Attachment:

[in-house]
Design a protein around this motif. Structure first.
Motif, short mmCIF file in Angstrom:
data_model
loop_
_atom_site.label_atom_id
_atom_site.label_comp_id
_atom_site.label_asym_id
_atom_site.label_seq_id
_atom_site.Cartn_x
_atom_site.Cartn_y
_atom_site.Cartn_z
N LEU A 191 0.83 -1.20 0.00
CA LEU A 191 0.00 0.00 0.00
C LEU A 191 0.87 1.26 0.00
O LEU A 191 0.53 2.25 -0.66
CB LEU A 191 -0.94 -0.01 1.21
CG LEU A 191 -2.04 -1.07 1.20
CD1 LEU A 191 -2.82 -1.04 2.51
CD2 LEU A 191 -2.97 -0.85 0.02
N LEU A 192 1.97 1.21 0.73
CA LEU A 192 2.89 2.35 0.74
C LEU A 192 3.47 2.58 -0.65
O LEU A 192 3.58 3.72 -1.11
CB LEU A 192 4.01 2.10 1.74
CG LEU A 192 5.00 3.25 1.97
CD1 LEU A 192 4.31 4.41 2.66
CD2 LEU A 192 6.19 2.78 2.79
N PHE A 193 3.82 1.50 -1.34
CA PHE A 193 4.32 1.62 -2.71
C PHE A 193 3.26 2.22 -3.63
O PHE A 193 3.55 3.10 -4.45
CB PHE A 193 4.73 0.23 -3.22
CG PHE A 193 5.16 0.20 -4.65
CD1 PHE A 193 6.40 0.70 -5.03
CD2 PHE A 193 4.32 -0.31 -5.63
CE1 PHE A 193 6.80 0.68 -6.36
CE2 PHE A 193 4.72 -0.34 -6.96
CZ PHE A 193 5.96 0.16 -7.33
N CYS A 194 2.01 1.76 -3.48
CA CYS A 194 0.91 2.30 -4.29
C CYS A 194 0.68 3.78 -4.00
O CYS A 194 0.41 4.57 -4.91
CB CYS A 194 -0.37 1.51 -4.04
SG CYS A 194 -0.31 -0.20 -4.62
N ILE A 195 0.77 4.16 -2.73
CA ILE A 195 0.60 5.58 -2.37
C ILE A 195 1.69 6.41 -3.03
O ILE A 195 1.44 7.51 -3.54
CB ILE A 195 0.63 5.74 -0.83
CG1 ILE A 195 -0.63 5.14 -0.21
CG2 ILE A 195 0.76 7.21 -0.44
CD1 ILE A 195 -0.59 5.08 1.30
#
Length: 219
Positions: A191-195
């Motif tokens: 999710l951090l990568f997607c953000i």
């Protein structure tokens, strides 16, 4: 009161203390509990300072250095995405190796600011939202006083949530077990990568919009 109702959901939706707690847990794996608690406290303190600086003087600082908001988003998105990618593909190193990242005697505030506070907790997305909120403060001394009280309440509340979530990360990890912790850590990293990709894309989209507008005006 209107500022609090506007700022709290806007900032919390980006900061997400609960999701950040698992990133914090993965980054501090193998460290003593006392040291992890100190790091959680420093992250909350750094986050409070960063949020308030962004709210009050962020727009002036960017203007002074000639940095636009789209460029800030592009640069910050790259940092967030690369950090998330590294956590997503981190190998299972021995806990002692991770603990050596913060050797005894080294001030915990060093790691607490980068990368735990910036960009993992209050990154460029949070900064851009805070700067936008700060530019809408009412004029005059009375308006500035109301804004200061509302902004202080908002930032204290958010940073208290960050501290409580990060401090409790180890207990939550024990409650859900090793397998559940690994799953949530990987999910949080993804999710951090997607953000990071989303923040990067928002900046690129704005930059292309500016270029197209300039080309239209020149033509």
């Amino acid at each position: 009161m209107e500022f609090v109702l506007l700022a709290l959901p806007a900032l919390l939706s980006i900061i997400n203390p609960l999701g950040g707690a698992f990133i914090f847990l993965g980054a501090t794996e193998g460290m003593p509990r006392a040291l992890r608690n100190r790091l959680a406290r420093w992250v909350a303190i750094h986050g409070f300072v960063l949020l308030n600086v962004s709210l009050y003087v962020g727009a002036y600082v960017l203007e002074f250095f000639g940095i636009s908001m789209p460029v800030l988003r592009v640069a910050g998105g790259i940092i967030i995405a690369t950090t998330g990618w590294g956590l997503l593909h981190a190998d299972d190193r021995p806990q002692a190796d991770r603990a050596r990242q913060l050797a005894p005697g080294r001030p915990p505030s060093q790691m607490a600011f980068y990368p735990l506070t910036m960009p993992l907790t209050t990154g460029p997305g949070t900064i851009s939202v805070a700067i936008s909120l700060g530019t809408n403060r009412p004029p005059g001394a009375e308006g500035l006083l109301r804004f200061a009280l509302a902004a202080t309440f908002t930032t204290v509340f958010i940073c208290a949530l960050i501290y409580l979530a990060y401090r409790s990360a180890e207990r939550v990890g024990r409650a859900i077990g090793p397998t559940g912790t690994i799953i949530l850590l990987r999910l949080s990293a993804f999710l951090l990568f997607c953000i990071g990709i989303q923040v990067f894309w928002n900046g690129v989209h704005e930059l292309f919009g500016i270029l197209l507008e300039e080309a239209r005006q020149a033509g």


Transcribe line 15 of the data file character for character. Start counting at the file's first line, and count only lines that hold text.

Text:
C LEU A 191 0.87 1.26 0.00